VIENNA, AUSTRIA—Atezolizumab may substantially change treatment strategies for patients with refractory lung cancer, according the first efficacy results from the POPLAR and BIRCH studies, which studied atezolizumab across treatment lines. The results were presented at the European Cancer Congress 2015 (ECC2015).

“In the BIRCH trial the PD-L1 antibody atezolizumab showed a remarkable activity in a large number of patients regardless of the line of treatment,” said Martin Reck, MD, PhD, chief oncology physician in the Department of Thoracic Oncology at the Hospital Grosshansdorf in Germany. “The profile of adverse events is in line with reported data from other PD-1/PD-L1 checkpoint inhibitors and overall tolerability looks quite favorable. The efficacy as shown by the response rate was in correlation with PD-L1 expression on tumor and immune cells favoring tumors with high PD-L1 expression.”

“In confirmation the randomized POPLAR trial reported a superior overall survival for unselected patients who received atezolizumab as second-line treatment compared to docetaxel,” continued Reck. “Again efficacy could be correlated to the PD-L1 expression status with the highest overall survival benefit in patients with TC3 and IC3 (high PD-L1 expressing tumors). The data have to be validated by a large randomized phase III trial, which is ongoing.”

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Commenting on how atezolizumab compares with current therapies for lung cancer, Reck said: “Atezolizumab is the second checkpoint inhibitor to show a superior efficacy and better tolerability compared to standard second-line chemotherapy in patients with pretreated non-small cell lung cancer (NSCLC). Therefore it is to be expected that atezolizumab, like other PD-1 and PD-L1 antibodies, will substantially change treatment strategies of patients with refractory lung cancer.”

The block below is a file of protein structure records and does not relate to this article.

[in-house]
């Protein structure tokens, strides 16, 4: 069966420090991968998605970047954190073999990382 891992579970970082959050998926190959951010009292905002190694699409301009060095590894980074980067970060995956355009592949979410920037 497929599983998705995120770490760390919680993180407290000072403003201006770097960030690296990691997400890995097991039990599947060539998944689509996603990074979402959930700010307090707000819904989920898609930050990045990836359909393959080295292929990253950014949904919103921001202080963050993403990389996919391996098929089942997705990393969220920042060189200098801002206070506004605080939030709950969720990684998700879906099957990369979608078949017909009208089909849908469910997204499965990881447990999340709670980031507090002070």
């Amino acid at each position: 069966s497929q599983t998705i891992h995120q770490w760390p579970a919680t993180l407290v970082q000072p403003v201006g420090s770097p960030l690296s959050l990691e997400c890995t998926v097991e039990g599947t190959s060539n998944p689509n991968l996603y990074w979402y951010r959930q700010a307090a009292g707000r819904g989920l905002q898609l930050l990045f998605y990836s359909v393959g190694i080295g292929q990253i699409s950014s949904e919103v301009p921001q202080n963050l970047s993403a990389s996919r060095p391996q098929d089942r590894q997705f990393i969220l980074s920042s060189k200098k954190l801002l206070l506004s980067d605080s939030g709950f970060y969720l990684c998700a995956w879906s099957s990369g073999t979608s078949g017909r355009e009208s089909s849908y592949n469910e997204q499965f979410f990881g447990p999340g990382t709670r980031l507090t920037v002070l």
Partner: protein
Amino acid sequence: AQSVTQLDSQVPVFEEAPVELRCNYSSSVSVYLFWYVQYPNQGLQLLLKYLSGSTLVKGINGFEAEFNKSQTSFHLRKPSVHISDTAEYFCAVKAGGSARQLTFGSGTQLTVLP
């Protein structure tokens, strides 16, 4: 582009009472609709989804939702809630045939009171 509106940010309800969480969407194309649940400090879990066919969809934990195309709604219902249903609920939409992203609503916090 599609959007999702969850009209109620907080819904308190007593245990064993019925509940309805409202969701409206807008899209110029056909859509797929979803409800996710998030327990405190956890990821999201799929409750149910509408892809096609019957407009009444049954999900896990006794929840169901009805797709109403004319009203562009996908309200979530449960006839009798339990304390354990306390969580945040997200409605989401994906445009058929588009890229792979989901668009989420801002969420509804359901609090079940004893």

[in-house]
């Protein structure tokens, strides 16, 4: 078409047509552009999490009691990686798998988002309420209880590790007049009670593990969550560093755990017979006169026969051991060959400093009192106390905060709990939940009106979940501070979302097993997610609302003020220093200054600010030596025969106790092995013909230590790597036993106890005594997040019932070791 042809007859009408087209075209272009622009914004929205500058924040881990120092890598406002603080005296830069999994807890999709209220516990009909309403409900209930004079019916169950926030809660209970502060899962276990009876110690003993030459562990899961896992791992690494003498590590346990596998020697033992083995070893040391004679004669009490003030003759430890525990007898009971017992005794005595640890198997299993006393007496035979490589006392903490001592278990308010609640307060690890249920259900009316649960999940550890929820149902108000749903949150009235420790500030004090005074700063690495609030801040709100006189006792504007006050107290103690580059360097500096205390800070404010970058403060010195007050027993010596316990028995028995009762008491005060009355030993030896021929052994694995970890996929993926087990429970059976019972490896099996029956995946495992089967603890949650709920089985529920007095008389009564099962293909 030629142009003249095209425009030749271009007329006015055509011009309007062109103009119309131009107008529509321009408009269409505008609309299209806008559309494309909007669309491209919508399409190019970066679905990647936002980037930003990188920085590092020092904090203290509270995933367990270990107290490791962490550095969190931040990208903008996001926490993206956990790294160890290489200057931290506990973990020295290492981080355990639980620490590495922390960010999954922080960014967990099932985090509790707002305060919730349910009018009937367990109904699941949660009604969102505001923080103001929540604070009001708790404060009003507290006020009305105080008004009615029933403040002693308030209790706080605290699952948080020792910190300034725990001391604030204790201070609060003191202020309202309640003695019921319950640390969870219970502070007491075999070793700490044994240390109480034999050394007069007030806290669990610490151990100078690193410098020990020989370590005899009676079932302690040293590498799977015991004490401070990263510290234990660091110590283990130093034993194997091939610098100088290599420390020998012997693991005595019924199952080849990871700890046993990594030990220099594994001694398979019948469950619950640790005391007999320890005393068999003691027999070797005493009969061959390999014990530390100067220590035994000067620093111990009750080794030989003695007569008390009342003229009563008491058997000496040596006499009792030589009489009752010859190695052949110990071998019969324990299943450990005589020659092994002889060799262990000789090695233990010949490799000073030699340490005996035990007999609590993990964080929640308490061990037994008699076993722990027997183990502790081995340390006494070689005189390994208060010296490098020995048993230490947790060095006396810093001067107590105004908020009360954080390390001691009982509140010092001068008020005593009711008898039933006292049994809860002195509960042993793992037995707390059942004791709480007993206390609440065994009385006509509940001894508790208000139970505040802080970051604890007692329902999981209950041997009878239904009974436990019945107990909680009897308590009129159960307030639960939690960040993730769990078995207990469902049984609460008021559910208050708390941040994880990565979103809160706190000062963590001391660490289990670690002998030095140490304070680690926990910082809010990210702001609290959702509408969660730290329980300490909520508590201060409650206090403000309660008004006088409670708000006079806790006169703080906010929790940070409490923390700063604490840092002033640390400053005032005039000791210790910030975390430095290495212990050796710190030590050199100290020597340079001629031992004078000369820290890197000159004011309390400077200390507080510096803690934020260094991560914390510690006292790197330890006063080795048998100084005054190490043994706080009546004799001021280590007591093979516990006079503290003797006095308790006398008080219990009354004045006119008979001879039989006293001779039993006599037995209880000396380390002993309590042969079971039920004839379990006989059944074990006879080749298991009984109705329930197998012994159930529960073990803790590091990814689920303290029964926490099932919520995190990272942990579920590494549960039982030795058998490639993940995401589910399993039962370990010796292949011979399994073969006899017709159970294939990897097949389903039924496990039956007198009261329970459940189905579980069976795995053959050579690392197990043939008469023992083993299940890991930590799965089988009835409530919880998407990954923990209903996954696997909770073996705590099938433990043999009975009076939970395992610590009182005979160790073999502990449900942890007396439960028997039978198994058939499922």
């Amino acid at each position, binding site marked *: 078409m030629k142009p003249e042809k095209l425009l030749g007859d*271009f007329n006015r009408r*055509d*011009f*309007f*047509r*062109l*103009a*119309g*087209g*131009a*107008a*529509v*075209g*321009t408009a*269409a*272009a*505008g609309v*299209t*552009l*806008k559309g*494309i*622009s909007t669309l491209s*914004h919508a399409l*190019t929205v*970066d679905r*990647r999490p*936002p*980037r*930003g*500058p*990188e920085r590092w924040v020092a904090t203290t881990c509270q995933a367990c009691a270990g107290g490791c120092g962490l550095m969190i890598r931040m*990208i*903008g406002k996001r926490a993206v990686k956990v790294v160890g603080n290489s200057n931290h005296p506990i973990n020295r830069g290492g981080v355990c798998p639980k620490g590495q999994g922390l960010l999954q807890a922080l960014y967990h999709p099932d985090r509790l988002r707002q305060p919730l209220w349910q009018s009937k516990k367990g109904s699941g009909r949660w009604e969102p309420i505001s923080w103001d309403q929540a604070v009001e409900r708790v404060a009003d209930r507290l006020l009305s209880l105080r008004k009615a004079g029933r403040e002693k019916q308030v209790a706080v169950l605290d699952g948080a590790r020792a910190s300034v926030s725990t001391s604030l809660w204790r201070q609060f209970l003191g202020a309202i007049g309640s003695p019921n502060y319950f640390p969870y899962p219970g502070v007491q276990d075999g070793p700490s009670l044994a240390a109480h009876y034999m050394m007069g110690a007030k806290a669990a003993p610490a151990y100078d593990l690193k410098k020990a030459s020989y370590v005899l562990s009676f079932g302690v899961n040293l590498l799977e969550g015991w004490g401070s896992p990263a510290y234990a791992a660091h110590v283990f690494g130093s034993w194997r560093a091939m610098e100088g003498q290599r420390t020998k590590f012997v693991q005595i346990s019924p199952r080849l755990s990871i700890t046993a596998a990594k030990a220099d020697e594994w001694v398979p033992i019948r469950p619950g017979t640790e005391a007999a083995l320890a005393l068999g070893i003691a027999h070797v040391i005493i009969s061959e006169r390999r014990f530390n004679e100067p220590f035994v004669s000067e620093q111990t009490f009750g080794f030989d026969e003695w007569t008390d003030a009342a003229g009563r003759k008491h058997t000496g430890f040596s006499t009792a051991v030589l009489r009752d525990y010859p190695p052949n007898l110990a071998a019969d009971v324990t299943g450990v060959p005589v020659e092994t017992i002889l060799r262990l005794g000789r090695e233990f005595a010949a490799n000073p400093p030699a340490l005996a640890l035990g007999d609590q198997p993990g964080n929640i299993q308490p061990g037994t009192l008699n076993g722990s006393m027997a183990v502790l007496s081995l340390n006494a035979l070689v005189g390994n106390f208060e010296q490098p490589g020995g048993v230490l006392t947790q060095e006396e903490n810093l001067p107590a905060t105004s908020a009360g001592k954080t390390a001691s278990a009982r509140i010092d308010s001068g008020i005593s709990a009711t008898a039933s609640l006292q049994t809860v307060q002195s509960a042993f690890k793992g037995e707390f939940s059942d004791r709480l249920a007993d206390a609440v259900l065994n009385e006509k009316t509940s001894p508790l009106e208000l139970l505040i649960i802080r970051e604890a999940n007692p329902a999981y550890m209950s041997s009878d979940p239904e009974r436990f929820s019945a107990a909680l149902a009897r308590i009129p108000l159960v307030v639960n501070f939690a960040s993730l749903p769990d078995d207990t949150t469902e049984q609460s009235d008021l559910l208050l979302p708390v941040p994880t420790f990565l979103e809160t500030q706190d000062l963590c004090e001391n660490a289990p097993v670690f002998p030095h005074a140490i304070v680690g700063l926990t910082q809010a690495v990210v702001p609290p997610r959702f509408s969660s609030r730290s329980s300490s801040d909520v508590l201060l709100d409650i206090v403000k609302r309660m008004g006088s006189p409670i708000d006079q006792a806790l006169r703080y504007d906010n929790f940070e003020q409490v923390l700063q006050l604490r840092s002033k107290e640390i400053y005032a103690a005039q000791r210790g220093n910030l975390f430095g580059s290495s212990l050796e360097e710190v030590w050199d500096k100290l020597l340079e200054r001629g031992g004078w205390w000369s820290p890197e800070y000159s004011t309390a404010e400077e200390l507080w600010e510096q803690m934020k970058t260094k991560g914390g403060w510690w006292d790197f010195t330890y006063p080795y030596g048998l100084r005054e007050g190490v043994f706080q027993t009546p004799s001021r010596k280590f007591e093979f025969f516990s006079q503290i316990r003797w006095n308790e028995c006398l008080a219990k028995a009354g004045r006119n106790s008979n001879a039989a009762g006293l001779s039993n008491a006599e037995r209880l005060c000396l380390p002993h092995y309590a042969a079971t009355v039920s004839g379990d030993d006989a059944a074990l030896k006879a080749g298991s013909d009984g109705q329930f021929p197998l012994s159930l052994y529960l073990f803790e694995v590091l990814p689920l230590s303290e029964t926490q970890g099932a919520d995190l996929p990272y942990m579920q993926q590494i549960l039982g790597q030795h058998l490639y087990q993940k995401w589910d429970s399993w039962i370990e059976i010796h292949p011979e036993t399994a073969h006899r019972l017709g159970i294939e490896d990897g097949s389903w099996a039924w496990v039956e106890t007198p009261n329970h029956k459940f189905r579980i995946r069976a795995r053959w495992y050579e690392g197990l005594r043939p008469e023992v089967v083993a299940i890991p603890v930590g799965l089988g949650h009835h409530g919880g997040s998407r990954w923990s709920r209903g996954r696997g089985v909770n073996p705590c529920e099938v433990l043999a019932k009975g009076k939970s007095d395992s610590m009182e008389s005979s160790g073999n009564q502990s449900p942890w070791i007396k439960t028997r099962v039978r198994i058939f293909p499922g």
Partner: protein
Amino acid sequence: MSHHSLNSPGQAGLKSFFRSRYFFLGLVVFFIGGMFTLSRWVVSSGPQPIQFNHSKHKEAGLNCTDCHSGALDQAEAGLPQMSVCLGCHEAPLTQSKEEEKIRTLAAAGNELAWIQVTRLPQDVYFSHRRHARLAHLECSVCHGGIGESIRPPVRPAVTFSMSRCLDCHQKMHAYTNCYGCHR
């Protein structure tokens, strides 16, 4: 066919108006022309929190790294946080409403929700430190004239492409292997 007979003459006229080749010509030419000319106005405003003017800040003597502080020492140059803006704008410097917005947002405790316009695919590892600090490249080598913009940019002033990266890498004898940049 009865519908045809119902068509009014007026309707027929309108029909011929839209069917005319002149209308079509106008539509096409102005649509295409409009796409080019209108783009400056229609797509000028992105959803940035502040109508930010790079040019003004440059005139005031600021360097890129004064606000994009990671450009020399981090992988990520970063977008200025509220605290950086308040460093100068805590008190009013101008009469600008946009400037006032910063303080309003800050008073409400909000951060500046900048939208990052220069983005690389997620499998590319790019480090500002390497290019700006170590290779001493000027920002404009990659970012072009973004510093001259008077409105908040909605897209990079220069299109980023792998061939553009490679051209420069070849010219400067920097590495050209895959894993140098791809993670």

“First-line treatment with atezolizumab in patients with PD-L1 high expressing tumors or the combination of atezolizumab with platinum-based chemotherapy remains an attractive option and is currently being investigated in large randomized phase III trials,” said Reck. Activity is also seen in small cell lung cancer (SCLC) and mesothelioma. These will be explored in future trials, he explains.

It is expected that pretreatment of patients will change dramatically based on the findings from POPLAR and BIRCH and other reported data with the PD-1 antibody nivolumab, which was recently approved by the European Medicines Agency (EMA) for the treatment of patients with refractory squamous cell NSCLC. The FDA approved nivolumab for use in the United States for advanced metastatic squamous NSCLC in March 2015.

“In particular, the option for long-lasting responses and stabilization in combination with an attractive tolerability profile will impact clinical practice,” said Reck. “Whether patients should be selected using a biomarker strategy still needs to be determined and remains a significant challenge based on the multiple different companion diagnostics that are in use for the particular agents. Depending on the results of ongoing trials front-line treatment with a checkpoint inhibitor in selected patients could be an interesting option.”